The apparel industry was stunned when Henry Newman & Co. declared bankruptcy in May 1894. The Clothier and Furnisher reported that the announcement "produced an immense sensation throughout the trade, and expressions of sympathy with the defunct firm could be heard in every quarter of the market."
J. H. Mahoney still owned the building. He died in 1901 but his estate continued its management. In April 1901 I. Isaac & Co., "neckwear manufacturers" moved in. Then in 1902 the entire building was leased to The New York Millinery & Supply Company. Negotiations for that lease were most likely the cause of the $3,000 in alterations the Mahoney estate made on the building that year.
|The firm advertised one of its Pattern Hats in July 1904. The Millinery Trade Review (copyright expired)|
The New York Millinery & Supply Company offered the latest in women's head wear. Its new line of 1904 fall and winter hats was unveiled on August 9, The firm tempted buyers saying "We are showing a most superb line of Ladies' and Misses' correct, artistic, snappy Millinery Merchandise." The announcement added "Our famous $3.50 each Pattern Hats are wonders in value--each one embodying the swellest, latest and most popular New York and Parisian ideas."
The firm sub-leased space to non-competing tenants. Among them in 1907 were Millen, Aikenhead & Co. makers of men's pajamas and shirts, Eisenberg & Settel, men's overcoats and clothing makers, (which moved in on February 1), and Proser Bros. whose hand-made worsted suits ranged from $7 to $9 that year.
|Fairchild's Men's Wear Directory, 1907|
Just before the Republican convention in 1907 Steinfeld Brothers ordered another 525 dozen teddy bears from Fleischer. The store, according to the New-York Tribune later, "figured that President Roosevelt would accept a third term. Teddy bears would still be a valuable investment with Mr. Roosevelt in the White House four years more"
But to the management's amazement and dismay, it was William Howard Taft who received the nomination. Despite their standing purchase order, Steinfeld Brothers told the manufacturer they would accept 20 dozen bears, but no more.
Rudolph Fleischer went to court. He told reporters the bears were not bears any longer, but "white elephants." The New-York Tribune reported on July 4, 1908 "Fleischer says they broke their contract, and now he wants damages."
The New York Millinery & Supply Co. remained in the building for years. Its large staff of hat makers and shop girls was entirely female. In 1913 it employed 31 women and two office workers.
|In 1915 women's hat fashions--like New York Millinery & Supply Co.'s "Knickerbocker hat"--were decidedly less exuberant. The American Angler, January 1915 (copyright expired)|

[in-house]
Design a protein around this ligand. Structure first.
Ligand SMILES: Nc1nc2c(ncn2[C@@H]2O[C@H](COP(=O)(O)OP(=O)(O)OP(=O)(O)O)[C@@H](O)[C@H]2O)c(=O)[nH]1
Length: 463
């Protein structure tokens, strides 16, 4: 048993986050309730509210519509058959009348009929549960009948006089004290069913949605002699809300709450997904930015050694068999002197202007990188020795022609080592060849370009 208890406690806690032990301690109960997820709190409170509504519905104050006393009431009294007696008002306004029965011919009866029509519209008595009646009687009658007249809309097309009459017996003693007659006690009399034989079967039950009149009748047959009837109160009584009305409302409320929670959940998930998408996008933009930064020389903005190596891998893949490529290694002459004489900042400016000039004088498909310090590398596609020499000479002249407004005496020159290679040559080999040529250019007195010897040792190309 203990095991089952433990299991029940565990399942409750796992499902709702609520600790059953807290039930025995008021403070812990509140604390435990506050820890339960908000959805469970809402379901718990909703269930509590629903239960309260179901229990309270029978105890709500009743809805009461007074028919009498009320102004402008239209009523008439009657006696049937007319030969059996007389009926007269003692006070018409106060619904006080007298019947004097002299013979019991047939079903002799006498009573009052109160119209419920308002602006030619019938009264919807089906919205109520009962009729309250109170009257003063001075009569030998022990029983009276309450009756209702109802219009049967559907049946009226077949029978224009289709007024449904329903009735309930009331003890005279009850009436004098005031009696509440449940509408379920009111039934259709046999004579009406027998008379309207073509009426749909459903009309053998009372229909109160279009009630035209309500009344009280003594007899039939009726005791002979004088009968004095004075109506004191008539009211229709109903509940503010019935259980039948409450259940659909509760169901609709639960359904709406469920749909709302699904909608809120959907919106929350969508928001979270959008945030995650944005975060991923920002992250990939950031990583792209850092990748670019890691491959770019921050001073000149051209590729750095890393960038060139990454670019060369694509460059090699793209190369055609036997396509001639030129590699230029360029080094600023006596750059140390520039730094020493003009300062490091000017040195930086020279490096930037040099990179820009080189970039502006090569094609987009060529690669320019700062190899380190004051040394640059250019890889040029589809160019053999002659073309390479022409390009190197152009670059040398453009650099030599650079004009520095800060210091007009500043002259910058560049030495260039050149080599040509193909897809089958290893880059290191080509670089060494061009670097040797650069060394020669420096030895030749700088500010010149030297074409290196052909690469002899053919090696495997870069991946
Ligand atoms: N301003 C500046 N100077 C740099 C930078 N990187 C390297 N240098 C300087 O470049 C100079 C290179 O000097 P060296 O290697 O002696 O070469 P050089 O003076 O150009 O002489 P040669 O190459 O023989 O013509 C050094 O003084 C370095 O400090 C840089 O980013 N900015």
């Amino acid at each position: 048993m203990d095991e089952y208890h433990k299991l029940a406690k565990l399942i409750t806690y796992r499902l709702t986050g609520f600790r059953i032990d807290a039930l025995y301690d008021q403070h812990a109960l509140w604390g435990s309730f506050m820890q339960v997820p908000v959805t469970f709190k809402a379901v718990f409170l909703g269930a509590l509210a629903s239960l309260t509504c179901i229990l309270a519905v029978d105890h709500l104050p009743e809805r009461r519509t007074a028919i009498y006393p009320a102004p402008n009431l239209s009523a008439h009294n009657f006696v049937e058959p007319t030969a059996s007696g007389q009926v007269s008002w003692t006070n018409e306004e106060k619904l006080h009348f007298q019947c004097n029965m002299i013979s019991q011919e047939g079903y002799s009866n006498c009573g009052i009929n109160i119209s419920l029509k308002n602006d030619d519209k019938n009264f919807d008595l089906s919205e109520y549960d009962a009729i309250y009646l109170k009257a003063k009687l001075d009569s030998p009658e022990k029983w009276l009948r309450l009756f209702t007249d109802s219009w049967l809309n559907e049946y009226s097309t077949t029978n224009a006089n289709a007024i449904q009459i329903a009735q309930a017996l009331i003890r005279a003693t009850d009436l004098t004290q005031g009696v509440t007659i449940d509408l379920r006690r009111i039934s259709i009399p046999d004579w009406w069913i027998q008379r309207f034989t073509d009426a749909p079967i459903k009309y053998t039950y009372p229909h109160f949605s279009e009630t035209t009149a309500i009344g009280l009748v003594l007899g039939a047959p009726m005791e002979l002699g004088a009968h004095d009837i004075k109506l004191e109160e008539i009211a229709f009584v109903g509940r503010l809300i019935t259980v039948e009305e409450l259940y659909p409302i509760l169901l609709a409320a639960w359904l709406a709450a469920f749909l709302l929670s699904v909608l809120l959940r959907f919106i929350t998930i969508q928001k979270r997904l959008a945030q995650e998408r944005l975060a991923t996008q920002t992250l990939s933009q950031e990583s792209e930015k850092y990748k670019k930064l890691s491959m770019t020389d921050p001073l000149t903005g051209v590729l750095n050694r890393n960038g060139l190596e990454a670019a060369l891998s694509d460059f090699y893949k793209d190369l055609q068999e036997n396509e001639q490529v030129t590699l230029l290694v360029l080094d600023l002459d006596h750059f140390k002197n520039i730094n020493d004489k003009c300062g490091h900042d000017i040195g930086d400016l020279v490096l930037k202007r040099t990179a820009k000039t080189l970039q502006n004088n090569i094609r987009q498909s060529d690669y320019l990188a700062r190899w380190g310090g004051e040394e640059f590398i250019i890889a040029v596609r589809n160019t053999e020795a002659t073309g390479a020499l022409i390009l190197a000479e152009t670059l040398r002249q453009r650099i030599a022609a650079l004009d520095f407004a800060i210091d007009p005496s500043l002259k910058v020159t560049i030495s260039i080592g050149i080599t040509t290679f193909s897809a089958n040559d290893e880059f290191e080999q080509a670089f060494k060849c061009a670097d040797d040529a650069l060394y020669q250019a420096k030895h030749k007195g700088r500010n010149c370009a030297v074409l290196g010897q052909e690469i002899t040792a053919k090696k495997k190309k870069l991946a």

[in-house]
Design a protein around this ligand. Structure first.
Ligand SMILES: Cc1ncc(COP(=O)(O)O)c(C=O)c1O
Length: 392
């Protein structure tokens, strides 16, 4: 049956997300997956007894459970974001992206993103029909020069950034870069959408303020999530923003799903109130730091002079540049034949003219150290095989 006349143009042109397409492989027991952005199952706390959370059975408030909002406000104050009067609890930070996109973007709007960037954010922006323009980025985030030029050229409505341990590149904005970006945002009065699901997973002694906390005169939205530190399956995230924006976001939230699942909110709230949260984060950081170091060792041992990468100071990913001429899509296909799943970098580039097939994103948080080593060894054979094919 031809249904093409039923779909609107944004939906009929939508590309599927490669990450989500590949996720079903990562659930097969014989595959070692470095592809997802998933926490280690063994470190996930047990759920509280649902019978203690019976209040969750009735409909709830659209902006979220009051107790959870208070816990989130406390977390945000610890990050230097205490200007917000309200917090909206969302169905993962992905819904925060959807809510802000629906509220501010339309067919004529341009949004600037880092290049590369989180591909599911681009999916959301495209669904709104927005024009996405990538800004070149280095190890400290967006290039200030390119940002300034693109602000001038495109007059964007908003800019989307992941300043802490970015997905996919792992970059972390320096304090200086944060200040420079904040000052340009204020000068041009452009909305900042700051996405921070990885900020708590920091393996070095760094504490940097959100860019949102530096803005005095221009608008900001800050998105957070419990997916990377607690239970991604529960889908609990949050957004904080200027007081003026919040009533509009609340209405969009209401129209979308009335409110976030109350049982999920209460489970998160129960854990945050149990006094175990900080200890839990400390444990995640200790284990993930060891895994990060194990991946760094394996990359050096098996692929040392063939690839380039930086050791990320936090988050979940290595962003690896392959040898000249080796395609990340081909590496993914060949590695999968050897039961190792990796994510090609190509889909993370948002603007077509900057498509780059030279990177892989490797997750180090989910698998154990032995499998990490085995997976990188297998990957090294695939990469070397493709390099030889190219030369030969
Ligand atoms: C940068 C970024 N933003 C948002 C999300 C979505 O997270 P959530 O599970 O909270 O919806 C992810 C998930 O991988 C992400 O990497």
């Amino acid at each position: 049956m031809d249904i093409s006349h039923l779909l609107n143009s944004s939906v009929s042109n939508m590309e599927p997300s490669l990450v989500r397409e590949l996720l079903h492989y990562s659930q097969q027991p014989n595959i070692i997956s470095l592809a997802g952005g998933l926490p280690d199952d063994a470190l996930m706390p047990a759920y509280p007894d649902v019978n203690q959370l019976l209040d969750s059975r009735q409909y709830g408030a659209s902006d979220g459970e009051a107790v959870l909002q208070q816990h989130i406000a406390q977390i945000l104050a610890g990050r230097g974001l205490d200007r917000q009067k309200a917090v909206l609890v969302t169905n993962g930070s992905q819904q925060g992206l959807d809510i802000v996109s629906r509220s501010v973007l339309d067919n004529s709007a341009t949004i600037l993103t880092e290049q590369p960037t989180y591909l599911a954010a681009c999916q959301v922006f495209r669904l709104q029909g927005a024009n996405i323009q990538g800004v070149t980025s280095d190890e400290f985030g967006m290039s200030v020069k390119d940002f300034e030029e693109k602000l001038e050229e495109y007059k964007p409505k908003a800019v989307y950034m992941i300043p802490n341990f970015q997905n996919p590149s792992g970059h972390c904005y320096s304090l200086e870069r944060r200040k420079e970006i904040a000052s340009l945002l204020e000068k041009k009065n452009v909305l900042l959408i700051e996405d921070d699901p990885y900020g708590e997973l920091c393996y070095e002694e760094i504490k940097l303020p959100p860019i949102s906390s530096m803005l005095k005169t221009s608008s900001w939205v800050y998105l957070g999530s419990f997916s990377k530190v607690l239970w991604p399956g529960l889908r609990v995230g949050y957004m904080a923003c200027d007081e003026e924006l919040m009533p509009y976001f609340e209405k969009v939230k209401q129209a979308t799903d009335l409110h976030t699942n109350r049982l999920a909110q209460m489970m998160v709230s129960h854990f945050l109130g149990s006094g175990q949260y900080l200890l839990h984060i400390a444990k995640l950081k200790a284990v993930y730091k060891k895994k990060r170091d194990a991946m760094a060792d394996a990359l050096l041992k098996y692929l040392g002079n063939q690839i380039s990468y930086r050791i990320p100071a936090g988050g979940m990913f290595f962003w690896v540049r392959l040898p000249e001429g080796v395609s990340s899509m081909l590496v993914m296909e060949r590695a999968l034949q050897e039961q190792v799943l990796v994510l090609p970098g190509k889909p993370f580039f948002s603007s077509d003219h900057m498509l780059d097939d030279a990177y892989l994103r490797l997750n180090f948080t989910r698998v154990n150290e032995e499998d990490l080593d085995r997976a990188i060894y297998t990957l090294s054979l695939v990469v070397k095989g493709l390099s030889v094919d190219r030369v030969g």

In the years following the end of World War I the millinery and apparel districts moved northward. The Broadway section just above Houston Street saw drastic change during the Depression years. The store space became home to the Bleecker Trading Corporation, a check-cashing operation.
On the evening of September 4, 1941 Oliver Scherman was alone there when a gunman, around 45 years old, walked in around 6:15. He pushed a revolver through the grill of the cashier's cage and ordered "Give me all the money you have."
The New York Times opined "He had apparently been watching the place for some time and knew when Scherman would be lone." The cashier handed him everything in the till. The thief left the checks behind, but took about $2,000 in cash.
Among the upper floor tenants was the Capitol Folding Box Company, Inc. In 1945 that firm broke through the basement wall to connect to the building next door at Nos. 632-634 Broadway.
Fire once again struck the building in 1951, this one on the lower floors. The architectural firm of Emery Roth & Sons was commissioned to repair the damages, including the construction of a new lobby.
Another brazen robbery took place in the building just over a decade later. A holdover from the apparel manufacturing days, Rettinger Raincoat Manufacturing Company operated from an upper floor. Until the second half of the 20th century payroll was customarily distributed in the form of cash. It was a tempting arrangement for robbers.
On June 24, 1953 Bertha Rosen, the company's bookkeeper, returned from the bank with the payroll. As she entered the elevator, two men pushed their way in. One brandished a pistol. They snatched the $2,569 in cash, wrapped it in a newspaper, and fled the building.
Beginning in 1940 the city had been plagued by a mad bomb maker who planted 28 devices, 23 of which exploded. On December 1, 1956 six patrons were injured when a homemade bomb exploded in the Brooklyn Paramount Theater. Three days later a surge of bomb threats sent police scurrying throughout the city. The following day The New York Times reported "Thirteen new threats yesterday to bomb public places, including theatres, schools, an airlines terminal, a ship and an Army base, intensified the police hunt for a deranged perpetrator."
Among the calls was that received at 1:30 p.m. warning that a bomb was set to explode at No. 630 Broadway. That call was a hoax and no device was found.
By the last quarter of the century this section of Broadway was dingy and neglected. In 1981 Nos 620-630 Broadway was home to the Commercial Plastics and Supply Corporation, described by The New York Times as "the largest of a half-dozen plastics merchants clustered together."
But the neighborhood, soon to be known as Noho, was on the brink of rediscovery. As former loft buildings were restored and rehabilitated, No. 628-630 received a make-over in 1990. Today the strikingly exotic cast iron building is as remarkable as it was in 1883.
photographs by the author